Andrew McKellar interview with Gemma Veness, ABC News Afternoon Briefing

25 May 2022 |

Event: Andrew McKellar interview with Gemma Veness, ABC News Afternoon Briefing.
Speakers: Andrew McKellar, chief executive Australian Chamber of Commerce and Industry; Gemma Veness, host ABC News Afternoon Briefing.
Date: 25 May 2022.
Topics: New Labor government, wages growth, annual wage case, inflation, Labor childcare policy, labour shortages, workforce participation, skilled migration, skills and training investment, supply chain disruptions.


Gemma Veness, host ABC News Afternoon Briefing: Andrew McKellar is the CEO of the Australian Chamber of Commerce and Industry, and he joins us now from Canberra. Andrew McKellar, thank you for joining us. You’ve congratulated Anthony Albanese on his win and the Labor government on the win. You’re ready to work with them. Are you optimistic?

Andrew McKellar, chief executive Australian Chamber of Commerce and Industry: Good afternoon, Gemma. Indeed, I think the result is very clear and I must say, throughout the campaign and beforehand, obviously the business community has spent a lot of time talking to Mr Albanese, talking to Jim Chalmers, talking to the other incoming ministers. I think there’s a well-established dialogue with the incoming government. And obviously, yes, we are very ready to work constructively with the new government. They have some very clear policy directions they’ll be pursuing. Of course, we won’t agree on everything, but we will work very constructively.

Gemma: Well, this submission to the Fair Work Commission backing this pay rise for minimum workers, is that going to be the first big disagreement?

Andrew: The government is entitled to make a submission. At the end of the process, the expert panel of the Fair Work Commission will take into account the submissions from all the parties. From the union movement, from employers, the business community more broadly, and anyone else who wants to make a submission in the community. So the government won’t make the decision, though they can make a submission as part of the process. The expert panel will make its determination. And of course, all of the parties will have to go with that.

Gemma: There’s no doubt the cost of living is up. Why shouldn’t wages keep up?

Andrew: Well, wages do need to go up, there’s no doubt about that. We’ve made a submission. We’ve said a 3 per cent increase in the minimum wage. And let’s be clear, this is the safety net at the base of the wages system in Australia. It’s not what everyone’s paid. We think that should go up by 3 per cent and fundamentally, we think that’s a fair thing. The inflation target that the Reserve Bank has is between 2 and 3 per cent. There are other things that are feeding into the welfare of employees, including the superannuation guarantee going up by half a percent from the 30th of June. So on balance, we think that’s the result that will support continued growth in the economy, continued growth in jobs, that will support a fair outcome and that will also encourage the Reserve Bank’s target of 2 to 3 per cent inflation being achieved again. At the moment, inflation is running at much more than that, as we know.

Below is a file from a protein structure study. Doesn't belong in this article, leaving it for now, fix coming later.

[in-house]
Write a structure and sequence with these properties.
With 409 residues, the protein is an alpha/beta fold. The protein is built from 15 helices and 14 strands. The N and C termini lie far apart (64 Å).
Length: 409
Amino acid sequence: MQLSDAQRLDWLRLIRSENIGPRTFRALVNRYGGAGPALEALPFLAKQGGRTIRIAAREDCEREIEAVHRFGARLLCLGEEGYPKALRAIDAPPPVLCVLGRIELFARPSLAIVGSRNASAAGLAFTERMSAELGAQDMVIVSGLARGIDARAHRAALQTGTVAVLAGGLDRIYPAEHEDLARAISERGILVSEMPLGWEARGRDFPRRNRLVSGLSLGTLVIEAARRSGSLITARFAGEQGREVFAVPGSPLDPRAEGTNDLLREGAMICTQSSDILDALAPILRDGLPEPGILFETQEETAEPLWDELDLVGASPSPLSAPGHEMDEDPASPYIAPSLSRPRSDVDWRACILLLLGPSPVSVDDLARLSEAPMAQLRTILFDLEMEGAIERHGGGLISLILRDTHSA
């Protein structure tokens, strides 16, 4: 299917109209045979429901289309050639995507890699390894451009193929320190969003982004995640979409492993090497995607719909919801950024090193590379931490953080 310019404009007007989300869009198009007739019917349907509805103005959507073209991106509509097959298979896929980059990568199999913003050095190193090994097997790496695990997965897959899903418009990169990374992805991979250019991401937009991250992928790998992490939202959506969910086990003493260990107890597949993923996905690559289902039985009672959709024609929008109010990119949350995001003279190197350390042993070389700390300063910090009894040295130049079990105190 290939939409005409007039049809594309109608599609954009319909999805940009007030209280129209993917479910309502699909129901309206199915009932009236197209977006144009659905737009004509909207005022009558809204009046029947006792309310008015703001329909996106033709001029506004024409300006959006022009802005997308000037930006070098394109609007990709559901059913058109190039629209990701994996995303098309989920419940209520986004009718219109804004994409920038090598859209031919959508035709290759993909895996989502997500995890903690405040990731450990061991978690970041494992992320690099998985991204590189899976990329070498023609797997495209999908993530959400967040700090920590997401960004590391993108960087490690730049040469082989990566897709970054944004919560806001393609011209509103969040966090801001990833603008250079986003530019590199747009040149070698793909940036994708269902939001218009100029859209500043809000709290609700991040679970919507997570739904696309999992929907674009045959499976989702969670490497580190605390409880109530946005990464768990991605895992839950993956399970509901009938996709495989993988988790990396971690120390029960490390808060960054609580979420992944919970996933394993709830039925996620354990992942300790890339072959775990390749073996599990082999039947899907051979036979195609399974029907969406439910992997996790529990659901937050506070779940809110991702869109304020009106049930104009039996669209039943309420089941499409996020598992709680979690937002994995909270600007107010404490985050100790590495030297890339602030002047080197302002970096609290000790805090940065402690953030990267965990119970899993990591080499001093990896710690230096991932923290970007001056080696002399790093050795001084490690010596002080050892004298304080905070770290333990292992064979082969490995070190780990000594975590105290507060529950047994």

Gemma: And as to other policy changes that may help business. Looking at the government’s childcare policy, where does that sit?

Andrew: I think it’s a very constructive thing. I mean, one of the things that we face at the moment is the most chronic shortage of labour in this country in nearly 50 years. Vacancy levels last month were at record levels, over 310,000 jobs where we’re looking to find people to go into those positions. Employers are finding it incredibly difficult at the moment to find the right people for jobs, the right skills. So any way we can go about encouraging people to come into the labour force, people who’ve got children coming back into the labour force, young Australians, keeping them off the unemployed list, investing in skills, apprenticeships, training. All of these things are very important. Equally, lifting our sights on migration, having a level of ambition there, that’s got to be part of the solution as well. So it’s a complicated solution that we’ve got to put forward. There are many aspects to it, but of course, stronger childcare will be part of that.

Gemma: And do you believe supply chain disruption can and will be addressed in a timely manner?

Andrew: It’s a fundamental challenge at the moment. There’s no easy solution here. One of the big disruptions we’re seeing around the world that’s affecting supply chains everywhere is there’s nearly 400 million people in China locked down at the moment and that’s still our biggest trading partner. So clearly that’s impacting but we have to do more to invest in our local industry, in the capacity, ensuring that we diversify our sources of supply. So it has to be very much on the radar screen with the incoming government. Business will be working hard to put forward solutions in that space as well.

Gemma: Andrew McKellar, CEO of the Australian Chamber of Commerce and Industry. Thanks for your time.

Andrew: Thank you very much.

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Jack Quail | Media adviser

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